Other important decisions for your home’s interior include the selection of trim and finishes. Painted or stained? Brushed nickel, brass, oil-rubbed bronze, or stainless steel? You can change these elements later, but it is an expensive and labor-intensive process to update all the hardware and trim in your house. Be sure to consider the trends and the classics and make a decision you won’t regret in two years.
4. Floor and Ceiling Design
The rooms in your home may have four walls, but there are six sides to any space, and the floor and ceiling can make a big difference in the appearance and practicality of your home.
Buyers have preferred hardwood floors to carpeting for a number of years now. Wood floors are long-lasting and can be refinished repeatedly to remove surface scratches. They can increase the resale value of your home as well.
Alternatives to hardwood include bamboo, which is eco-friendly and cost-effective, and laminate flooring, which can give you the look of wood with the durability and easy cleaning of vinyl.
Another great option is ceramic tile. Made of hardened clay and resistant to scratches, dents, and moisture, they can stand up to your lifestyle and last a long time. Tiles are also easy to clean and maintain.
One often-neglected surface is your home’s ceiling. White is the standard choice, but even white comes in a wide variety of shades. Other colors, though, can add personality to the space. Consider a light blue tint to evoke the sky, or a darker shade to add drama. Continuing a ceiling color throughout the home helps to pull everything together. Decorative planks or tiles can be unexpected and pleasing additions to the space.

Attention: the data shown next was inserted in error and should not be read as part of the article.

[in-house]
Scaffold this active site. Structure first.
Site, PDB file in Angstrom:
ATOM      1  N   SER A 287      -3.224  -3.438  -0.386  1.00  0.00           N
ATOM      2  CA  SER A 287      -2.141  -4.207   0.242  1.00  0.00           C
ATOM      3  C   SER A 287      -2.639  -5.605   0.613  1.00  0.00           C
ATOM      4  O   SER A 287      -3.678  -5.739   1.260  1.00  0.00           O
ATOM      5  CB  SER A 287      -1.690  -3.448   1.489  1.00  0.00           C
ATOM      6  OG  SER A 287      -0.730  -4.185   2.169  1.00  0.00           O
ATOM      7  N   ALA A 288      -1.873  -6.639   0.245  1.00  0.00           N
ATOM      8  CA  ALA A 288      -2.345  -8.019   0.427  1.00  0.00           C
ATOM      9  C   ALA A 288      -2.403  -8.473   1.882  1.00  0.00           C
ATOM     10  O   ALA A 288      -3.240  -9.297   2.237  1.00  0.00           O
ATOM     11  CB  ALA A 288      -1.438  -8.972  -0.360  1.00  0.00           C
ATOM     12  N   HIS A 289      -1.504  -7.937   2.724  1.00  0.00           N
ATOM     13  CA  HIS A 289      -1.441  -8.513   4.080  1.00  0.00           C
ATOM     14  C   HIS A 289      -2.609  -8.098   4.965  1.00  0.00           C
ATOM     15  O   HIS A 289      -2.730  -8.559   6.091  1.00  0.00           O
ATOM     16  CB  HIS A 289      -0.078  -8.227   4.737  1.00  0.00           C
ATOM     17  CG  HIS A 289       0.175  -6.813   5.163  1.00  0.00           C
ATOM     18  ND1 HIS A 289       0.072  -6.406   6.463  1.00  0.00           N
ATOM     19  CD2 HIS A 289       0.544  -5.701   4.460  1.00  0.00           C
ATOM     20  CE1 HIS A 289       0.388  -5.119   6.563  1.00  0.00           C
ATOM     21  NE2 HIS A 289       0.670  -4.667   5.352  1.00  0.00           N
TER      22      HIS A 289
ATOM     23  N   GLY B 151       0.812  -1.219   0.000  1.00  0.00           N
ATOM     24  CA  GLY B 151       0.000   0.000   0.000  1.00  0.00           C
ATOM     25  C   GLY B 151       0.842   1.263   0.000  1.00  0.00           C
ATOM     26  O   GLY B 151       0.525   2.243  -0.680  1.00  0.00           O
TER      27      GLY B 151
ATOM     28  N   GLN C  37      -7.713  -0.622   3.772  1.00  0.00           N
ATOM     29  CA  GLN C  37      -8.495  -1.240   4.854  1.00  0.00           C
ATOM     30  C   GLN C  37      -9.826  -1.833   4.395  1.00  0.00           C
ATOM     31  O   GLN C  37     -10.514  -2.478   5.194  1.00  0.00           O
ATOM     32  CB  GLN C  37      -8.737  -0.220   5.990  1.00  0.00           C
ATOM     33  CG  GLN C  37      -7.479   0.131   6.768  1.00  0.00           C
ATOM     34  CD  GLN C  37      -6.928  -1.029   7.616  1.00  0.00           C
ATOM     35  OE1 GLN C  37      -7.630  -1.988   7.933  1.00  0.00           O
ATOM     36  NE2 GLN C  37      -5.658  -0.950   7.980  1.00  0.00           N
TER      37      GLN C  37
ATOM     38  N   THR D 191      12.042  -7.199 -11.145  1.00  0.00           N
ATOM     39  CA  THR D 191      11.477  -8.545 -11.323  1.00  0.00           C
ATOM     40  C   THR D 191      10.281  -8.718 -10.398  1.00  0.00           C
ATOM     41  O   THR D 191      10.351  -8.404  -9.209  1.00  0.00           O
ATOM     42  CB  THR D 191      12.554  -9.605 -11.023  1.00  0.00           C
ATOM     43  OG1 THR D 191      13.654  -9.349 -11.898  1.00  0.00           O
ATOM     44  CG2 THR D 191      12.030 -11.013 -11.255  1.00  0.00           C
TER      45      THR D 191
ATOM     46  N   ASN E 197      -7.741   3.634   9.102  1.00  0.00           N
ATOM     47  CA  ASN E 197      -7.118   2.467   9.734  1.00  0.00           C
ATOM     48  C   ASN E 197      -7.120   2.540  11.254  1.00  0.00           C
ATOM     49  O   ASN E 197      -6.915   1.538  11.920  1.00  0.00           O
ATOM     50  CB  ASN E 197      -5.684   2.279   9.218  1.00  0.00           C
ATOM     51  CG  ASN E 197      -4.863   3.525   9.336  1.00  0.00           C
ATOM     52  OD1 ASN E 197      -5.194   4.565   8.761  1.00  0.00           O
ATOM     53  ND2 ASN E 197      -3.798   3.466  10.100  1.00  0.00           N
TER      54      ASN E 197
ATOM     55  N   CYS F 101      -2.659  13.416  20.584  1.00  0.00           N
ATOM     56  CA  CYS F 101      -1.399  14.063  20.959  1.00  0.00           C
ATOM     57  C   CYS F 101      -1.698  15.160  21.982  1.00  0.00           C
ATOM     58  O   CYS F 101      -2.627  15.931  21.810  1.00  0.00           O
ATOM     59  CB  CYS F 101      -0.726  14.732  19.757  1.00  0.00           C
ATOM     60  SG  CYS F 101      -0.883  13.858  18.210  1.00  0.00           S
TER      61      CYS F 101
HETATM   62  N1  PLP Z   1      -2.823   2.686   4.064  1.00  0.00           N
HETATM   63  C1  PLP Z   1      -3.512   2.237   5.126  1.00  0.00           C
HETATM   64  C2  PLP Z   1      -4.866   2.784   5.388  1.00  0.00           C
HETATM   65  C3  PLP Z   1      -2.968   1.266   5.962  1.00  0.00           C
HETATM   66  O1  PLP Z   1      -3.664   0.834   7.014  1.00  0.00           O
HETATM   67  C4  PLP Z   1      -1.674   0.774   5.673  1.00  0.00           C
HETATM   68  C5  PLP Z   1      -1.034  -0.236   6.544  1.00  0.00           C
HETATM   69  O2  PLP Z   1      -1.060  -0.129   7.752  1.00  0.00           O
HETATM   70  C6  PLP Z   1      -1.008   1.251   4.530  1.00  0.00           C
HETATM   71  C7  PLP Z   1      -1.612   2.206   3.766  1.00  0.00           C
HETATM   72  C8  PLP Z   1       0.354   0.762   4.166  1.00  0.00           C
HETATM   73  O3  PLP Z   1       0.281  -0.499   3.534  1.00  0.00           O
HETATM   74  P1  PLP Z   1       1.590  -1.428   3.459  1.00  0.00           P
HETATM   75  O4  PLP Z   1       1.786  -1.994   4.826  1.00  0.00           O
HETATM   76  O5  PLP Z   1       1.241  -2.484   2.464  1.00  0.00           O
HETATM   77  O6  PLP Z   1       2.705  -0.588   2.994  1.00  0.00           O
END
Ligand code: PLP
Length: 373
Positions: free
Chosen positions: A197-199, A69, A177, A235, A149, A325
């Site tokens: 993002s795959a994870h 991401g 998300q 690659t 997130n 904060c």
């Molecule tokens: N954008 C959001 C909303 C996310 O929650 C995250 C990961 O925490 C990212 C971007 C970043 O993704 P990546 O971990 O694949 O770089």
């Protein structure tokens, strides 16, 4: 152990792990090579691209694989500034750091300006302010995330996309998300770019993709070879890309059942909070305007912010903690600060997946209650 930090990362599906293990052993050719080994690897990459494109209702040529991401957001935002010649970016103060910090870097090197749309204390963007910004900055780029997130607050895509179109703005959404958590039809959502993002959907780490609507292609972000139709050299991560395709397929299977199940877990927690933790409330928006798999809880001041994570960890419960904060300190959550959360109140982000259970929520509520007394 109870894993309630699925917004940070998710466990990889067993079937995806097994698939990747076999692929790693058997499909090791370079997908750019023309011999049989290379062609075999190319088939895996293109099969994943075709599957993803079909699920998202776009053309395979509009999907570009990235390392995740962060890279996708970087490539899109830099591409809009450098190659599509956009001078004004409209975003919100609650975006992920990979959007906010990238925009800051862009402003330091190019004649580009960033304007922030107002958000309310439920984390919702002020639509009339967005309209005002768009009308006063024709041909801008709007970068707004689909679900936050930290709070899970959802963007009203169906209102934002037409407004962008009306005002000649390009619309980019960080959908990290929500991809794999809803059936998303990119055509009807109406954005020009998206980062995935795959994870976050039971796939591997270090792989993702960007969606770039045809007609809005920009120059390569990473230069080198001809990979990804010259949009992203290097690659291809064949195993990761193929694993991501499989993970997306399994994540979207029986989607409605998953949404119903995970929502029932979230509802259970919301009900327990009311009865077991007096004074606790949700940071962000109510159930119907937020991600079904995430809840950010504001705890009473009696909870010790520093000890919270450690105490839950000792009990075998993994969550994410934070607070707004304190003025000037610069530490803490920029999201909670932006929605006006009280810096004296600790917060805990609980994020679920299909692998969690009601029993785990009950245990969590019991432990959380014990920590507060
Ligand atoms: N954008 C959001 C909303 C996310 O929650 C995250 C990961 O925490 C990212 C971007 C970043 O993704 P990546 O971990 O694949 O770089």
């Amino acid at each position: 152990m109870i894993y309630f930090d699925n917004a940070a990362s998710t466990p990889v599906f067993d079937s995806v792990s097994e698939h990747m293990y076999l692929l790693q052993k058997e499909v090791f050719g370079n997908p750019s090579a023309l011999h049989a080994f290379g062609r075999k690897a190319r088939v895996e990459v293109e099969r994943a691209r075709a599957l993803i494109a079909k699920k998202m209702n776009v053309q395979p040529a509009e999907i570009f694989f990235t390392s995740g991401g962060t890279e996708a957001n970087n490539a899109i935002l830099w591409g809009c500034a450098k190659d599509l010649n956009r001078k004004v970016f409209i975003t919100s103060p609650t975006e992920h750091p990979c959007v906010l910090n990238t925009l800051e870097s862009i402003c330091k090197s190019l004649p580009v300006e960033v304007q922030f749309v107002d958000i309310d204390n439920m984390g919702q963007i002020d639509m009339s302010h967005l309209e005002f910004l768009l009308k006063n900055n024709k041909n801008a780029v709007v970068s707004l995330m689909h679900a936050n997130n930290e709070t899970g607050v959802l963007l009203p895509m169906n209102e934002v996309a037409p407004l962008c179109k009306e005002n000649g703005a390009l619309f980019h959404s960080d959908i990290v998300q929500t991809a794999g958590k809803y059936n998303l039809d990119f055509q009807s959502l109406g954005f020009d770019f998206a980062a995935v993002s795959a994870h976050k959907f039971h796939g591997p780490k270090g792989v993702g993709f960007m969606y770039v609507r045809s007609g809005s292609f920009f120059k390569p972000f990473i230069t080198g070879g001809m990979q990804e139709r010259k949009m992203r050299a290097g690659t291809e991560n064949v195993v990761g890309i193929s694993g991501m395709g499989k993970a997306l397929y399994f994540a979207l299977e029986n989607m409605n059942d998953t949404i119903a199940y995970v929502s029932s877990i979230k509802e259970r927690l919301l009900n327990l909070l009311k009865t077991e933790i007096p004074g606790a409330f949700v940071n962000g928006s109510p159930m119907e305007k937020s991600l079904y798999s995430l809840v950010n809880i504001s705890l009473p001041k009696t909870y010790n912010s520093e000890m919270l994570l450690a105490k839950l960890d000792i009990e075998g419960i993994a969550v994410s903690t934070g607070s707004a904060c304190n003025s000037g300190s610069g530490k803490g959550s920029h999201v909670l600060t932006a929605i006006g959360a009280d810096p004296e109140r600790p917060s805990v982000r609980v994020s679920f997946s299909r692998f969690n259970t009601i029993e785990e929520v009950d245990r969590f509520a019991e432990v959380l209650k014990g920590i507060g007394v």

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5. Bathroom and Bedroom Design
Bathrooms can be surprisingly expensive, since they typically contain a lot of built-in features, including showers and/or bathtubs, ventilation, toilets, vanities or countertops, sinks, and faucets. You’ll need good lighting to help you get ready in the morning, and a softer option to help you relax at night.
Bedrooms tend to be simple when unfurnished—a few walls, a window, and a closet may be all you have to start with. Make sure your bedrooms are the right size for the furniture you want to use, giving you enough space to move around. Huge bedrooms can be luxurious, but they can also be a challenge to furnish and decorate, so make sure you have a plan if you want a spacious suite rather than a cozy space.
Make sure the bedroom has an appealing place to put the bed itself. In the owner’s suite, that is likely in the middle of the room with the head against the wall, so be careful that windows and closet doors don’t interrupt that area.
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6. The Kitchen
The kitchen is usually the most expensive room in the house, and for good reason. For most families it is the heart of the home and the place where people are most likely to gather.
Carefully consider your lifestyle as you design the kitchen, along with the long-term impact on resale value (it’s easy to upgrade appliances, but layout is harder to change). Make sure your kitchen has plenty of storage space and room to work.
Before you decide to make your cooking space as large as possible, consider that professional chefs tend to work in smaller areas where everything they need often is within reach. In exchange for a smaller floorspace for cooking, think about adding counterspace and seating allowing more people to gather without crowding the cook.
For most homeowners, there’s no such thing as too much kitchen storage. Think cabinets that go all the way to the ceiling, a sizeable pantry with pull-out drawers, and cabinets and drawers on both sides of your island or peninsula.
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Building a home from scratch may be the most time-consuming and expensive project you undertake in your personal life, but it comes with the ultimate payoff: a home that is the perfect expression of your tastes and the perfect fit for your lifestyle. Once you’ve spent some time brainstorming about what you want for your new home, you’ll be ready to reach out and find a builder.